Among the active opponents of St. Stephen were ‘certain of them that were of the synagogue called the synagogue … of the Alexandrians’ (Ἀλεξανδρέων, Ac 6:9).
Grammatically the sentence is not in good form, and admits of a variety of interpretations. Some exegetes (Calvin, Bengel, O. Holtzmann, Rendall) assume that the Libertines, Cyrenians, Alexandrians, Cilicians, and Asiatics residing in Jerusalem all worshipped in one synagogue. Others (Wendt, Zöckler, Sanday, Knowling, Winer-Moulton) think that the first three classes or Jews had one synagogue and the last two another—an idea favoured by the τῶν … τῶν after τινες. T. E. Page groups the Libertines in one place of worship, the men of Alexandria and Cyrene in a second, and those of Cilicia and Asia in a third. Finally, some scholars (Schürer, Meyer, Weiss, Hackett) believe that each of the five classes had its own distinctive synagogue in the holy city. A synagogue of the Alexandrians in Jerusalem is mentioned in Jerus. Megilla, 73d, where it is also said that there were in all no fewer than 425 synagogues in the city—a statement which Schürer (HJP n. ii. 73) dismisses as an Insipid Talmudic legend, but which Renan (The Apostles, Eng. tr., 113) is disposed to accept as ‘by no means improbable,’
The Jews of Alexandria (q.v.) were in a very different position from the people of any modern Ghetto. They were amongst the most opulent and influential citizens. They formed a distinct municipal community, and possessed extensive political privileges. At the foundation of the city Alexander gave them equal rights with the Greeks (ἔδωκε τὸ μετοικεῖν κατὰ τὴν πόλιν ἐξ ἰσοτιμίας πρὸς Ἔλληνας), and the Diadochoi permitted them to style themselves Macedonians (Jos, BJ ii. xviii. 7).
Of the five quarters (μοῖραι) of the city, named after the first five letters of the alphabet, two were called ‘Jewish’ (Ἰουδαϊκαὶ λέγονται [Philo, in Flac. § 8]). While one quarter, known as Delta, was entirely peopled by Jews (BJ ii. xviii. 8), many more of the race were scattered over all the other parts (ἐν ταῖς ἄλλαις οὐκ ὀλίγοι σποράδες [Philo, loc. cit.]), and none of them were without their house of prayer (Philo, Leg. ad Gaium, § 20). The special Regio Judœorum lay in the N.E. of the city, beyond the promontory of Lochias, in the neighbourhood of the royal palace.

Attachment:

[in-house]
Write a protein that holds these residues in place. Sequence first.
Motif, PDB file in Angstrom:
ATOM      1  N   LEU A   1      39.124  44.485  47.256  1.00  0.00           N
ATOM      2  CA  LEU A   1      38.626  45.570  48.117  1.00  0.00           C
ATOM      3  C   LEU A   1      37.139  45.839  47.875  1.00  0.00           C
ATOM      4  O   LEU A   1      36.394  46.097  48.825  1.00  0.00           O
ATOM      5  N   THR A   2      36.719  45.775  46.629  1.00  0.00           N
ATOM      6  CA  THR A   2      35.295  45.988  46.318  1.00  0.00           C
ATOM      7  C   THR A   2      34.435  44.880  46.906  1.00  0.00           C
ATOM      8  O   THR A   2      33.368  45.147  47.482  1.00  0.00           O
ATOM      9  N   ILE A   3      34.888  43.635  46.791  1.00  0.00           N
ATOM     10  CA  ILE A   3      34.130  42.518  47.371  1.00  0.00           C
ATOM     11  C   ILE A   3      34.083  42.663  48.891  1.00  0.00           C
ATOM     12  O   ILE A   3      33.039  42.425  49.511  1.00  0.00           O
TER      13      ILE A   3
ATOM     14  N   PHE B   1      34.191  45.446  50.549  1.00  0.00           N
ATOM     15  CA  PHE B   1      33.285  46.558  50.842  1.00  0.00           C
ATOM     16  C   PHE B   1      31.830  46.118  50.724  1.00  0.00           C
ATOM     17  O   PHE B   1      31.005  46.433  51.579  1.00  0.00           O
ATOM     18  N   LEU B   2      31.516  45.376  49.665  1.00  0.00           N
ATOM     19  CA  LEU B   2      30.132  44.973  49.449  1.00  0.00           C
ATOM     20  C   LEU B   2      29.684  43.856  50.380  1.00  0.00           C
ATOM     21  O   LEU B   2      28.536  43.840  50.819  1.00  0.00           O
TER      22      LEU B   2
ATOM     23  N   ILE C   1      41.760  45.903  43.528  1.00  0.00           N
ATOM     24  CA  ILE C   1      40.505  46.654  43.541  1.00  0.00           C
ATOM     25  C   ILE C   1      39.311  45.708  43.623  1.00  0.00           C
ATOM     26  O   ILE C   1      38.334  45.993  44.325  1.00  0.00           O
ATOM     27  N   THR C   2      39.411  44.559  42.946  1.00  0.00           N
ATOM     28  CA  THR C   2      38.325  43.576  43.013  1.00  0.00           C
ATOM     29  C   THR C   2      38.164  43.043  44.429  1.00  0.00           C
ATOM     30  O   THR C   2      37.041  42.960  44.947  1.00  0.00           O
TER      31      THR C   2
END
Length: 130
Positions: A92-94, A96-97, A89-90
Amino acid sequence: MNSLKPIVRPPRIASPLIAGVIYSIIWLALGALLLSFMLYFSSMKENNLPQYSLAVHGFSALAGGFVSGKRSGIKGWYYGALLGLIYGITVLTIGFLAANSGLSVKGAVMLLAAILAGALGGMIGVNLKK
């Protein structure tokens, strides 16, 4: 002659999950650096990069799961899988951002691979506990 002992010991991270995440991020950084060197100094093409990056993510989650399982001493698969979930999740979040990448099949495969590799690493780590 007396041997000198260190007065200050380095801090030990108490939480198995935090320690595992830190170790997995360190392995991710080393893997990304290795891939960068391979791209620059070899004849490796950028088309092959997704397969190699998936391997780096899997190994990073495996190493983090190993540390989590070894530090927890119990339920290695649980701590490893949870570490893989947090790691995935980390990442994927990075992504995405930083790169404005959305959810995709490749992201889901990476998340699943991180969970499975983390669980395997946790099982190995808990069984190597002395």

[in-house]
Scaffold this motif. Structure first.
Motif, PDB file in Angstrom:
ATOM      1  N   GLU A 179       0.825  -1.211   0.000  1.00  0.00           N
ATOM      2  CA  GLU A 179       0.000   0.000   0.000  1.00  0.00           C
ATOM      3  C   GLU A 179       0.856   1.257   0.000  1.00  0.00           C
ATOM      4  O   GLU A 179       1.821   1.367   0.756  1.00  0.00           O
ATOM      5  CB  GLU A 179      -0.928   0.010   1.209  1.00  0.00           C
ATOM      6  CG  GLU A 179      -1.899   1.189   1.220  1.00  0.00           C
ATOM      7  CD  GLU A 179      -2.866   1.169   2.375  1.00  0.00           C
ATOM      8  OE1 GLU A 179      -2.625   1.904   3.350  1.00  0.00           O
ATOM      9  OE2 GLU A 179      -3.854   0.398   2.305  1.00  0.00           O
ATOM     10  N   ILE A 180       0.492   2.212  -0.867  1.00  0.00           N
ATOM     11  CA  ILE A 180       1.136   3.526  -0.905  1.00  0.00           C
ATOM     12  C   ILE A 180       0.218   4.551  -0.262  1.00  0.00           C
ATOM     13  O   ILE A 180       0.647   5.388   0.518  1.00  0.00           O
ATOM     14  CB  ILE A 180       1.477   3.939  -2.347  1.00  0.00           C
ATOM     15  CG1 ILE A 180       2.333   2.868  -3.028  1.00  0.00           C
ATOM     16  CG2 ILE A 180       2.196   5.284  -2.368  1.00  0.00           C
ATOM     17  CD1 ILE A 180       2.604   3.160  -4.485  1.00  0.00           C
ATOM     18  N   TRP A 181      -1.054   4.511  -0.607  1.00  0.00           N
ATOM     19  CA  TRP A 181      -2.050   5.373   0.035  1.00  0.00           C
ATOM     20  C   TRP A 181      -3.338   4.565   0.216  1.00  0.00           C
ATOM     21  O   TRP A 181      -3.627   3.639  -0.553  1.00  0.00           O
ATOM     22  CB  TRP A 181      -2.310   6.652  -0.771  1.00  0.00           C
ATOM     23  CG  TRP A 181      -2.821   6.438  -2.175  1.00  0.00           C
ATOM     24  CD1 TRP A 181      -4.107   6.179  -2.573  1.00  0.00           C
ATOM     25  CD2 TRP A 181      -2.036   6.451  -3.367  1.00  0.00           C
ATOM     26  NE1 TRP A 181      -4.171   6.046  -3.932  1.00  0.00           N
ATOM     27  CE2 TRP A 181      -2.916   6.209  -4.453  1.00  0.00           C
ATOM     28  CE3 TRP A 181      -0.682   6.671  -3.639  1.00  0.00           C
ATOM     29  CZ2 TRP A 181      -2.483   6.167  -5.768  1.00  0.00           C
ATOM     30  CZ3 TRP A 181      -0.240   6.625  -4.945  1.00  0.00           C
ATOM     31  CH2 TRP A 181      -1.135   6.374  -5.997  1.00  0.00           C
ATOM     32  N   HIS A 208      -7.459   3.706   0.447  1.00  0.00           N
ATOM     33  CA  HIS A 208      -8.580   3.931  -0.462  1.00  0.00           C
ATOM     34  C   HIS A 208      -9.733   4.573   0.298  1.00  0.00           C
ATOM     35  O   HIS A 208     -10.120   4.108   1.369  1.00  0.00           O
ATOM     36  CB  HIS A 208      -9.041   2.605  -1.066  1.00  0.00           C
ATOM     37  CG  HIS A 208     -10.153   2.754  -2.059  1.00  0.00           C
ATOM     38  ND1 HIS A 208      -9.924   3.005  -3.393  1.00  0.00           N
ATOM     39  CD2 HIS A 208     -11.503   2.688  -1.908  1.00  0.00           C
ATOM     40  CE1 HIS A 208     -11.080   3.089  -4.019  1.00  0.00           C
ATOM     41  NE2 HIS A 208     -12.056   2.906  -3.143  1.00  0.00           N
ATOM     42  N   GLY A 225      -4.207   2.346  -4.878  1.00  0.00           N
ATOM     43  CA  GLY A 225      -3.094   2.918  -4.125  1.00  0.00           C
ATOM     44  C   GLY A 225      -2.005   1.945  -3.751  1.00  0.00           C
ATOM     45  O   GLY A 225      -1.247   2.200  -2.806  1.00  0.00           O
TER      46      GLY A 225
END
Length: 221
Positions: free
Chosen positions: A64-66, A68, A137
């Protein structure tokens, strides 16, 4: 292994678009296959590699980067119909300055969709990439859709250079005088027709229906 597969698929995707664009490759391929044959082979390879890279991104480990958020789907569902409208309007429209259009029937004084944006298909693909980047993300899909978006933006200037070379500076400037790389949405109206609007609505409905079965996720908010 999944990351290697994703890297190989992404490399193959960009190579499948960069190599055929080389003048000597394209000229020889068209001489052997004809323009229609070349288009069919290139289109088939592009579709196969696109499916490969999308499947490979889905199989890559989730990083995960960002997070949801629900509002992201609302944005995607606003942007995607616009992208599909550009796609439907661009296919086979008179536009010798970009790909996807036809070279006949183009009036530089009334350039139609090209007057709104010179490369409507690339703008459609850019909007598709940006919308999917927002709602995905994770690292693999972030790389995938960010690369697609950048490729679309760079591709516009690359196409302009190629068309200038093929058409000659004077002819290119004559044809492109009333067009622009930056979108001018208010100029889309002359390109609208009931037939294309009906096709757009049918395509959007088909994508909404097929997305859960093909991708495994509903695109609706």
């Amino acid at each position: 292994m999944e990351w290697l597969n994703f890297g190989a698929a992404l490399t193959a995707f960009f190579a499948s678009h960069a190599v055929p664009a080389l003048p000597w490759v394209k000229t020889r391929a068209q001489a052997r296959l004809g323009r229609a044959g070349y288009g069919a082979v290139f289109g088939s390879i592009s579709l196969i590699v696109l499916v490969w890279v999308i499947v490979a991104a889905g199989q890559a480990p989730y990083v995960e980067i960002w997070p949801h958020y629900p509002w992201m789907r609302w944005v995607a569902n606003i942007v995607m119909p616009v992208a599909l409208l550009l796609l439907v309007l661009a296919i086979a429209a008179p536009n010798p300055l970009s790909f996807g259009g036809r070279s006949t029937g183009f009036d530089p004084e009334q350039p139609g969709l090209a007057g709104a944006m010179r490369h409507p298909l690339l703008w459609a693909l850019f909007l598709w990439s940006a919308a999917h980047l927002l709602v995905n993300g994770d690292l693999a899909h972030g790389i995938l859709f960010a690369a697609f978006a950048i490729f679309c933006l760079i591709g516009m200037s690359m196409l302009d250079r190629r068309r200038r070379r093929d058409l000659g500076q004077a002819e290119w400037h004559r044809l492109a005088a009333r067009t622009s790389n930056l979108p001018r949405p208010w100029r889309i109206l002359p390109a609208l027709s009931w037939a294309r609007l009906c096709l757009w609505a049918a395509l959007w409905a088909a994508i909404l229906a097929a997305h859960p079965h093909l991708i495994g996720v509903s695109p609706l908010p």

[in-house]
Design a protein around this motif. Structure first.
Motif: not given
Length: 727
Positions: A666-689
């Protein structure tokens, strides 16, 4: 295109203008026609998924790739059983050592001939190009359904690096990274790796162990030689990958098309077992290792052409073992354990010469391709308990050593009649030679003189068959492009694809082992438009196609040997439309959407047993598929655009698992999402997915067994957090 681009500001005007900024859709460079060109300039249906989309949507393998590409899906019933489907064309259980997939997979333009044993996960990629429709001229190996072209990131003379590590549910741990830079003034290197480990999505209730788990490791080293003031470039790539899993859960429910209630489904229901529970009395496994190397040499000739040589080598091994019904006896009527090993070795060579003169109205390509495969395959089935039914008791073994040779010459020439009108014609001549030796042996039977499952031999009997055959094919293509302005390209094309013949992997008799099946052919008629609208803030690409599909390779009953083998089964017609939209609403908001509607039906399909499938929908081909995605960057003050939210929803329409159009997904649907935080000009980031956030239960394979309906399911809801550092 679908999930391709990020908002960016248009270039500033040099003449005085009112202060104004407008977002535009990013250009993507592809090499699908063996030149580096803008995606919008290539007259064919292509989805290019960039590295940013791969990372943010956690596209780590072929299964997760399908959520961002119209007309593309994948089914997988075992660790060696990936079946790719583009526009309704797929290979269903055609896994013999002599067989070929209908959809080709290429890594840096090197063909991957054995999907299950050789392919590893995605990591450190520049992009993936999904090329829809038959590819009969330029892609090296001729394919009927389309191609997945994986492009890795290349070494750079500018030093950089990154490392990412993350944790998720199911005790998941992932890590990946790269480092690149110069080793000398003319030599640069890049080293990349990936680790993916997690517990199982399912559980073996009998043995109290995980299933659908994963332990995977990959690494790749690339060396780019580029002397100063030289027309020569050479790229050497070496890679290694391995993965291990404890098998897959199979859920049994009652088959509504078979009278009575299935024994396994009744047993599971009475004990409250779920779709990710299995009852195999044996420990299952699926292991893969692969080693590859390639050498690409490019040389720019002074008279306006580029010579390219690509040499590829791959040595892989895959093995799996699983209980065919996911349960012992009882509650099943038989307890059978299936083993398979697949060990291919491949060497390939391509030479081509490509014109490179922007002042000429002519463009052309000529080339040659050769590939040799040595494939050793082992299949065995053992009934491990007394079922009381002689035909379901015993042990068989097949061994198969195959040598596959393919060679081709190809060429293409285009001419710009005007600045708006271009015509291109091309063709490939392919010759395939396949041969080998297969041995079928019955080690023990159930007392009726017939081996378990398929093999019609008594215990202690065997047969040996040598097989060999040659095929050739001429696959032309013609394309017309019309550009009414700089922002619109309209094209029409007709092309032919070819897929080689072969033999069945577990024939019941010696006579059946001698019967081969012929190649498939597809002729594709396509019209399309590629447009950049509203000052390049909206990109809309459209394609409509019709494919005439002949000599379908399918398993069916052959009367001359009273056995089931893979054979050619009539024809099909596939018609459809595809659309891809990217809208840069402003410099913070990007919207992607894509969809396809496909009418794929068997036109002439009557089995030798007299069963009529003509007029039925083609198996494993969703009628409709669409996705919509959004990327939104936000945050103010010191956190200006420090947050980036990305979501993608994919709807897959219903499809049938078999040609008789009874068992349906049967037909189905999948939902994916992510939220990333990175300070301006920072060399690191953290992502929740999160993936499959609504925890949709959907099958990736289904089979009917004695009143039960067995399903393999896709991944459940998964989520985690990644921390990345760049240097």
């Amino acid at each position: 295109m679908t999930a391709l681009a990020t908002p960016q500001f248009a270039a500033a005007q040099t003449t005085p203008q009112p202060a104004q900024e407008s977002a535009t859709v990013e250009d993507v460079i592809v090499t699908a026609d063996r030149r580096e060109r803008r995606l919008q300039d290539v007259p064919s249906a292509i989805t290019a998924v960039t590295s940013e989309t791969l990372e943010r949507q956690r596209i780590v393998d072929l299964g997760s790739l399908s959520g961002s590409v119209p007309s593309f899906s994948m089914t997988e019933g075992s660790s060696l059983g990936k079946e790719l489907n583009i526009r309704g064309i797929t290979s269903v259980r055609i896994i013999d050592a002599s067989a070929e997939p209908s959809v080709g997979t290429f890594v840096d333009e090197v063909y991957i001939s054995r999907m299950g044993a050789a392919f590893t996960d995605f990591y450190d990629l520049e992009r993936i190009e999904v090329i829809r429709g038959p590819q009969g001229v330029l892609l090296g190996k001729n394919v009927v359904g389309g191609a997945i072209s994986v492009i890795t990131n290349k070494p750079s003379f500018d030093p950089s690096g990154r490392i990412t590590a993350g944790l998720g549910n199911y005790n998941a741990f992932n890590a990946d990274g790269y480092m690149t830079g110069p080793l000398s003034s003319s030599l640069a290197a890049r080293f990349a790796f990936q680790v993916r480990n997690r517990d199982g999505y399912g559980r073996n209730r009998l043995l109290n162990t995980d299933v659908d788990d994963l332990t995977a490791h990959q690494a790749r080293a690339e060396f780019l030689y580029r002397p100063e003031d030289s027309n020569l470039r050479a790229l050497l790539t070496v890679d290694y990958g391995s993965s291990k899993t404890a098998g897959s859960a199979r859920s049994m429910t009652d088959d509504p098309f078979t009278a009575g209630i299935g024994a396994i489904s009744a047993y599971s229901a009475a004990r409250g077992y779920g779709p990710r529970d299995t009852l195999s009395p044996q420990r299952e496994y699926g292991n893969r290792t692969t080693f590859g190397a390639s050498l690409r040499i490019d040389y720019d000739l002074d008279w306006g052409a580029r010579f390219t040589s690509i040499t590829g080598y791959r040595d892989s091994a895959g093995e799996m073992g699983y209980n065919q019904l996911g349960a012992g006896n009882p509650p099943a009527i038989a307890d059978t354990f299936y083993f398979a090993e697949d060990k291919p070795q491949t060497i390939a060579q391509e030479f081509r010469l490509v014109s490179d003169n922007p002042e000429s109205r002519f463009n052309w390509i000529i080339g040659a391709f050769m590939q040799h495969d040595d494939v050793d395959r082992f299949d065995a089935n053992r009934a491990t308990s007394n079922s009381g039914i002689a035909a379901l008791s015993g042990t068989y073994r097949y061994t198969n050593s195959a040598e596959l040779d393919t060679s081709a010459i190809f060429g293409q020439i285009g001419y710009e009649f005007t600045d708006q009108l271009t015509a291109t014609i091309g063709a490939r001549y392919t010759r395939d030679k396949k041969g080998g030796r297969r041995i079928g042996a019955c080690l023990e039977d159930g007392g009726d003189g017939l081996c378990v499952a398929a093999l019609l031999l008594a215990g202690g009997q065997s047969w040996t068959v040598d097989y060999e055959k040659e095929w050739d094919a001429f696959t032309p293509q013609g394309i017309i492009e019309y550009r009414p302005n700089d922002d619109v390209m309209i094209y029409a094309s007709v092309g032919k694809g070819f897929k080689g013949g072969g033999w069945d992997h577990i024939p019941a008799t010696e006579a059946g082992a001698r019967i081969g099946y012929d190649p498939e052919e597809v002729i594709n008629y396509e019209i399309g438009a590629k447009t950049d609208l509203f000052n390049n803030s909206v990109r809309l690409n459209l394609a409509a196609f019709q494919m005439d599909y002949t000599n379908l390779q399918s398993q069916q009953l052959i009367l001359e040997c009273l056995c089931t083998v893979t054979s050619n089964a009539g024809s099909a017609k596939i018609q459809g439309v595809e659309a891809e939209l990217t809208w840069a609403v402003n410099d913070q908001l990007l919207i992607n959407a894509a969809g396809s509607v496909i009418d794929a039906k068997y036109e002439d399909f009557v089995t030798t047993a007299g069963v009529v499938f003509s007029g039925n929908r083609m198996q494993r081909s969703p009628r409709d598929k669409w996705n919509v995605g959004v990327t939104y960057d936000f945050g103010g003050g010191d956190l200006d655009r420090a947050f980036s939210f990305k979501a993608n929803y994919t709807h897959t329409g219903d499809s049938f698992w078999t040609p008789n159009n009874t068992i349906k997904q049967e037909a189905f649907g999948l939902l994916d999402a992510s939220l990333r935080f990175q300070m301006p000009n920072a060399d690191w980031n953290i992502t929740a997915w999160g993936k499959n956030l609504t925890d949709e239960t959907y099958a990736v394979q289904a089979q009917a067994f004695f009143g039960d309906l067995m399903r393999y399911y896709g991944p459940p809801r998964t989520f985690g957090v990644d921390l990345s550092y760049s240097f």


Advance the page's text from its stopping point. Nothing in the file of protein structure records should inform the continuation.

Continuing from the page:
Till the time of Augustus the Jews were presided over by an ethnarch, who, according to Strabo (quoted by Josephus, Ant. xiv. vii. 2), ‘governs the people and administers justice among them, and sees that they fulfil their obligations and obey orders, just like the archon of an independent city.’ Augustus instituted a council or senate (γερουσία), which was entrusted with the management of Jewish affairs, and over which a certain number of ἄρχοντες presided.
The reign of Caligula was marked by the first rude interruption of the policy of toleration. The governor Flaccus issued an edict in which he termed the Jews of Alexandria ‘strangers,’ thus depriving them of the rights of citizenship which they had enjoyed for centuries. He ordered 38 archons to be scourged in the theatre, and turned the Jewish quarters into scenes of daily carnage (Philo, in Flac. §§ 6–10). But one of the first acts of Claudius was to re-affirm the earlier edicts, and Josephus states that in his own day (c. a.d. 90) one could still see standing in Alexandria ‘the pillar containing the privileges which the great Cæsar (Julius) bestowed upon the Jews’ (τὴν στήλην … τὰ δικαιώματα περιέχουσαν ἃ Καῖσαρ ὁ μέγας τοῖς Ἰουδαίοις ἔδωκεν [c. Apion. ii. 4; cf. Ant. xiv. x. 1]). Some Alexandrian Jews held responsible positions as ministers of the Ptolemys, and others were in the service of the Roman Emperors (c. Apion. ii. 5). Philo’s brother Alexander and others filled the office of ‘alabarch’ (see Schürer, HJP ii. ii. 280).
For a time the ‘Alexandrians’ were doubtless bilingual, but ultimately they forgot their Hebrew or Aramaic, and adopted Greek as the language of the home and the synagogue as well as of the market. Living in a great university town, many of them became highly educated; the school of Philo in particular assimilated many elements of Greek philosophy; and the Judaism of Egypt was gradually differentiated from that of Palestine.
Even before becoming a Christian, the Alexandrian Apollos had doubtless a breadth of sympathy, as well as a richness of culture, which could not have been attained among the Rabbis of Jerusalem. Yet in the great mass of the ‘Alexandrians,’ as throughout the Dispersion generally, the Jewish element predominated, and it need occasion no surprise that those of them who chose to reside in the Holy City were as zealous for the Mosaic traditions, and as strenuously opposed to innovations, as any Hebrew of the Hebrews.
Literature.—See list appended to preceding article.
HJP History of the Jewish People (Eng. tr. of GJV).
q.v. quod vide, which see.
BJ Bellum Judaicum (Josephus).